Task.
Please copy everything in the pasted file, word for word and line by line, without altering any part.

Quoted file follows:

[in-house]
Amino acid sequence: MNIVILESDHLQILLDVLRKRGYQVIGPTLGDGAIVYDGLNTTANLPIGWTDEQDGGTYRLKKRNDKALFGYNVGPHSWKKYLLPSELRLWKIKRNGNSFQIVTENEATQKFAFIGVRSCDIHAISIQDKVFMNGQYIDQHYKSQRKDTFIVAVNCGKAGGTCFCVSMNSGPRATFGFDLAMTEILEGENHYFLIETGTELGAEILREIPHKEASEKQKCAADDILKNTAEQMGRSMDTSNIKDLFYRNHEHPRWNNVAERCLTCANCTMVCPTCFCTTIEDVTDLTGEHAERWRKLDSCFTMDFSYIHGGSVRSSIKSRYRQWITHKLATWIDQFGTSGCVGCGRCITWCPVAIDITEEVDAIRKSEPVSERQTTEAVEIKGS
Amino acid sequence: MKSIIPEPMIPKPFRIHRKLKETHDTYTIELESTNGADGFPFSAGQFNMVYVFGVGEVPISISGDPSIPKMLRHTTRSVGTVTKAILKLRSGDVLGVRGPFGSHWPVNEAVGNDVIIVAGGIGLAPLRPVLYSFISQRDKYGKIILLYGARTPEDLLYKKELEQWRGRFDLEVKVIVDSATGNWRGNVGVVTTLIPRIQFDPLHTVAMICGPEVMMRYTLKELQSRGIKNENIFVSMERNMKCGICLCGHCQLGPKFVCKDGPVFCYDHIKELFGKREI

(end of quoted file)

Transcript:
[in-house]
Amino acid sequence: MNIVILESDHLQILLDVLRKRGYQVIGPTLGDGAIVYDGLNTTANLPIGWTDEQDGGTYRLKKRNDKALFGYNVGPHSWKKYLLPSELRLWKIKRNGNSFQIVTENEATQKFAFIGVRSCDIHAISIQDKVFMNGQYIDQHYKSQRKDTFIVAVNCGKAGGTCFCVSMNSGPRATFGFDLAMTEILEGENHYFLIETGTELGAEILREIPHKEASEKQKCAADDILKNTAEQMGRSMDTSNIKDLFYRNHEHPRWNNVAERCLTCANCTMVCPTCFCTTIEDVTDLTGEHAERWRKLDSCFTMDFSYIHGGSVRSSIKSRYRQWITHKLATWIDQFGTSGCVGCGRCITWCPVAIDITEEVDAIRKSEPVSERQTTEAVEIKGS
Amino acid sequence: MKSIIPEPMIPKPFRIHRKLKETHDTYTIELESTNGADGFPFSAGQFNMVYVFGVGEVPISISGDPSIPKMLRHTTRSVGTVTKAILKLRSGDVLGVRGPFGSHWPVNEAVGNDVIIVAGGIGLAPLRPVLYSFISQRDKYGKIILLYGARTPEDLLYKKELEQWRGRFDLEVKVIVDSATGNWRGNVGVVTTLIPRIQFDPLHTVAMICGPEVMMRYTLKELQSRGIKNENIFVSMERNMKCGICLCGHCQLGPKFVCKDGPVFCYDHIKELFGKREI